2015 Lent 6

Moses

Deuteronomy 9:4-12

Today we are confronted with another passage to which a skeptic might respond, “Aha!  You see there?  This shows God as a harsh taskmaster.”

Indeed, Moses tells the people of Israel that God will dispossess the inhabitants of the promised land so that the Israelites will inherit it, as God promised to their forefathers Abraham, Isaac, and Jacob.  This sounds pretty harsh for those inhabitants.

And, indeed, Moses then tells Israel that it is not out of any merit on Israel’s part, no righteousness or uprightness of heart or anything else they have done (or not done).  For you, O Israel, were wicked, he says.  Remember?

Remember how you “provoked the LORD to wrath” in the wilderness, how you made an image when I was up on the mountain fasting and praying for forty days and nights like a good Lenten man of God should, and how God was so angry with you that “he was ready to destroy you?”  Remember that?

This sounds pretty harsh too.

And that’s where we leave off today’s reading.

And so the skeptic says, “Aha!

“And yet I thought Jesus was supposed to be all about love.  I thought he even told a parable about three stewards who were given lots of money and told to go make more.  But one of these guys buried the money in the ground because he thought his master was harsh.  And in the end it was the guy who viewed his master as harsh who was in the wrong.  So I thought we’re not supposed to view God as harsh.  But how can you see God as anything but harsh?”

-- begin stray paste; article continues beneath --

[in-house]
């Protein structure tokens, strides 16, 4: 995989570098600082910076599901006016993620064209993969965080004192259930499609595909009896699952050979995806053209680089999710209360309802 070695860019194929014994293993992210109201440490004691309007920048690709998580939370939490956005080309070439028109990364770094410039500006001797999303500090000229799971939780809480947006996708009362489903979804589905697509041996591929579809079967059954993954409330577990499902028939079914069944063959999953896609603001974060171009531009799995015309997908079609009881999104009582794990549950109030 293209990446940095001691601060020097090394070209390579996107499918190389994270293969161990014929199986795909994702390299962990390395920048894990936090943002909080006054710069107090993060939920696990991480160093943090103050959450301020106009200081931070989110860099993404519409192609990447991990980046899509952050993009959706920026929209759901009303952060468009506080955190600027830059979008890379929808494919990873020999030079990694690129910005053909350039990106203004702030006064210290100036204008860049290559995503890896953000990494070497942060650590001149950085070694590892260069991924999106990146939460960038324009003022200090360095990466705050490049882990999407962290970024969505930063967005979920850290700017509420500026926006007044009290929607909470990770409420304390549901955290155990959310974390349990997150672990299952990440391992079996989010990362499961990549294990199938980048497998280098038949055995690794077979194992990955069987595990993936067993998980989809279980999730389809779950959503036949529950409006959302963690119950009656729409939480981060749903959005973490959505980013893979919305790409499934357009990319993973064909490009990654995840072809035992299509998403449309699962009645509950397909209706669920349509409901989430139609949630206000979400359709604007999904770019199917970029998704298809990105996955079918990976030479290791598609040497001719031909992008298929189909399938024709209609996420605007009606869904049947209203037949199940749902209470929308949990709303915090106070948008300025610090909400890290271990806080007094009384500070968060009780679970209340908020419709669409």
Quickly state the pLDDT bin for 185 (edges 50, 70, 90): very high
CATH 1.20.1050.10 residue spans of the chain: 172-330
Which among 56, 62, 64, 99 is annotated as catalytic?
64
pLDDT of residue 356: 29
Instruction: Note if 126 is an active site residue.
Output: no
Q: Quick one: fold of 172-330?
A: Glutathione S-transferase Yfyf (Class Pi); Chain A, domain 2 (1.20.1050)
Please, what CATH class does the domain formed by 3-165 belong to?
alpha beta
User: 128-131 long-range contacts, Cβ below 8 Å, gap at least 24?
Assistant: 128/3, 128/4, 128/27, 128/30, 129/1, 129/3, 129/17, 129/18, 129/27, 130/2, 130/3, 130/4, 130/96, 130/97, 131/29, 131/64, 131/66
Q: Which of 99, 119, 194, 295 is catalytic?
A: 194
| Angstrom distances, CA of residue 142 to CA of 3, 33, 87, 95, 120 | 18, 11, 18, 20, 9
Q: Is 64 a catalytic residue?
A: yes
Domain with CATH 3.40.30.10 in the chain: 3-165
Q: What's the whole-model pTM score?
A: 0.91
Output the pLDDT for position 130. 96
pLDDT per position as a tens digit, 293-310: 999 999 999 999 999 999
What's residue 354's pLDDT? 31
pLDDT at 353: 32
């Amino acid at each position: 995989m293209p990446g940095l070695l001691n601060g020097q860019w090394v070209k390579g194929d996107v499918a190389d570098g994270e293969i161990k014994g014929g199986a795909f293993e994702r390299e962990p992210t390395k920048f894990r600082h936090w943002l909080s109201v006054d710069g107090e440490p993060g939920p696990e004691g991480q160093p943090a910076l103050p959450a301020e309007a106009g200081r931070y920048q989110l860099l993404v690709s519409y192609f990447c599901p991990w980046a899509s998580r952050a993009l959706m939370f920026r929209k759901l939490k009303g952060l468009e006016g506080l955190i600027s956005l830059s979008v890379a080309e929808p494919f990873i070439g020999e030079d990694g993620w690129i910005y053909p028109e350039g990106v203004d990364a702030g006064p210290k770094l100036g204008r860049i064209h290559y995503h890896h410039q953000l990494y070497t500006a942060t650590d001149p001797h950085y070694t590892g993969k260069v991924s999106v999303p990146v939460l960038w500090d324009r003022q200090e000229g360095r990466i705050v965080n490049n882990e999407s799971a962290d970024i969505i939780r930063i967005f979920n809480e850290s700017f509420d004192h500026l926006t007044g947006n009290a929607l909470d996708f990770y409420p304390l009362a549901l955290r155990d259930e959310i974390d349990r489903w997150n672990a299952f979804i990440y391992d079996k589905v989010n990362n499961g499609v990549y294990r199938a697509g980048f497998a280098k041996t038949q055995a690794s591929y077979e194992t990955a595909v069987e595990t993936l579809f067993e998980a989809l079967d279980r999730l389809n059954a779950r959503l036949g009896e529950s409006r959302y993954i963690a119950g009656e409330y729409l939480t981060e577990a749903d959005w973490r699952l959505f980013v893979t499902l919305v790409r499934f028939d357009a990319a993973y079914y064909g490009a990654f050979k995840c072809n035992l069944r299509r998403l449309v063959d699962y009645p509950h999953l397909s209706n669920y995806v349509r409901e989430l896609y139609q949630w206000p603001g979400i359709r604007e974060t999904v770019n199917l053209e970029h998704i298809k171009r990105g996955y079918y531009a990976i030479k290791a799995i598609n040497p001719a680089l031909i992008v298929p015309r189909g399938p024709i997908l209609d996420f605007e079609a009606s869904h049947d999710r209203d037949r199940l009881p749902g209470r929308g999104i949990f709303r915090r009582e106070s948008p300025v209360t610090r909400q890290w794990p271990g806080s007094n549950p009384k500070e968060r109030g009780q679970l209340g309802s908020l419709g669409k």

Well, Jesus is all about love.

And Jesus did tell this parable.

And, yes, we shouldn’t view God as harsh.

But there’s also a bigger picture to keep in mind here.

Moses may have been struggling with some emotion as he spoke to the Israelites.  He was human, after all; and subject to occasional fits of temper.  (Recall the Egyptian he murdered; the suggested thumping at the watering hole where he met his wife; and striking the rock with his staff–to name but a few sample temper tantrums.)

And we might want to make some allowance for redaction.  (Admittedly, the doctrine of scriptural infallibility runs into a certain stickiness here; cf. “2015 Lent 3.”)

But beyond all these criticisms, isn’t the main message here that God cares for God’s people?

There’s a certain comfort in identifying myself as a Christian, one of God’s own.  Anything and everything I have has come to me by God’s good hand.  There’s nothing I have that has come about by my own goodness, righteousness, uprightness, talent, skill, good looks, whatever–without God’s hand involved every step of the way.  To flip this idea around, all the enjoyments, loving relationships, and, yes, even my material possessions–all the blessings I know and experience each day–come from God.

That’s the real message here.  And that paints God as anything but a harsh taskmaster!

But I’m sure Moses had a few hard edges.

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